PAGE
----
Pixelating War: How Technology is Removing Humanity from Combat

 

Article by Chris Price | 444 words

The US Defense Sector, arguably the peak of human technological innovation, has its contractors working on “laser artillery” and “directed-energy” weapons. And just recently, the US Navy tested one of its laser guns for the first time off the Persian Gulf.

Like a Video Game

The “weapons control system” was actually just a guy using a modified Xbox controller. Defense contractors are developing groundbreaking ideas for weapons that are old news to avid gamers.

Navy's Xbox controller

Credit: NavyRecognition’s YouTube channel

The most popular of war games they play, including the likes of Call of Duty: Modern Warfare, have a subtle irony to them. The title alludes to the main intention of the contemporary war game, which is to make the player feel like a heroic combatant in 21st-century war—up-to-date weapons and all. The irony comes into play when realizing that, as this video game attempts to mimic real-life 21st-century war, real-life 21st-century war is mimicking video games in return.

War Fought on a Screen

Researchers and parents have long wondered whether or not there’s a connection between playing violent video games and engaging in real-world violence. According to a recent article by the University of Missouri-Columbia, criticism of violent video games has decreased as technology has improved and gamers age. However, when using advanced military tools starts feeling like a video game itself, is it possible that soldiers’ respect for real lives will decrease?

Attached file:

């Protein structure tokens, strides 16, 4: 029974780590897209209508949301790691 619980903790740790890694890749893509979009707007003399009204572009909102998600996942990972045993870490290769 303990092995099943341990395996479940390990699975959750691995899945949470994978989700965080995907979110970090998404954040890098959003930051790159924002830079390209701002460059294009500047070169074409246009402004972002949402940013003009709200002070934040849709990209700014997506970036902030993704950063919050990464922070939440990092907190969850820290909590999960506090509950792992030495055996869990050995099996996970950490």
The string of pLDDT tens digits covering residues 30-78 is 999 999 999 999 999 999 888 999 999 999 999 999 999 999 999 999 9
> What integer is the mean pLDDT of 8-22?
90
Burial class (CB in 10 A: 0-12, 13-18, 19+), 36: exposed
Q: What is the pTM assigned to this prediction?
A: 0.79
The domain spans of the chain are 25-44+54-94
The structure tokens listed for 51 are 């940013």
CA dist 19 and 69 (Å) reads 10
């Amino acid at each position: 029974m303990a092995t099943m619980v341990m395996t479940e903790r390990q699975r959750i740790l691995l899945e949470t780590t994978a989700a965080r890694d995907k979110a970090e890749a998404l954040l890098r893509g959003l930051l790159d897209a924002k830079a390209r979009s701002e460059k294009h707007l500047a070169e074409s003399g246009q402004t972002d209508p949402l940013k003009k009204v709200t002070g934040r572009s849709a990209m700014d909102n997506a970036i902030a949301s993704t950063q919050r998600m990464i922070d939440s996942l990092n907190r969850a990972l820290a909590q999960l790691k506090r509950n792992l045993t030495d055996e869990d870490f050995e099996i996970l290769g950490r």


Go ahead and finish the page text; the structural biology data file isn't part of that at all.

News of the first steps of Hector and Gimball, two agile robots with possible military uses, contribute to this discussion. Again, controlling them could feel like simply playing a video game.

On the bright side, the innovation of defense equipment could decrease the likelihood of unnecessary casualties in war. This is due to human error becoming less and less of a factor. However, the pixelation of war introduces the possibility of a new type of collateral damage, where targeted people pictured on a screen now lack the human emotions and expressions present in past war, potentially increasing the likelihood of careless brutality and prolonged warfare. When using many types of military equipment, people become mere targets on a screen, not complete human beings.

Ethics and Effectiveness

Examining the repercussions of marrying two opposites, humanity and lifeless technology, requires honest, ethical journalism, which goes beyond merely reviewing what’s new in the tech world. Public accountability of the defense department is, now more than ever, needed in every region and nation-state (albeit, some states more than others).

The question of “how far” innovation can take defense equipment is inconsequential when compared to the question of “which direction” technological advancement is shepherding a society. The ethics behind military equipment are far more important than how advanced it is.

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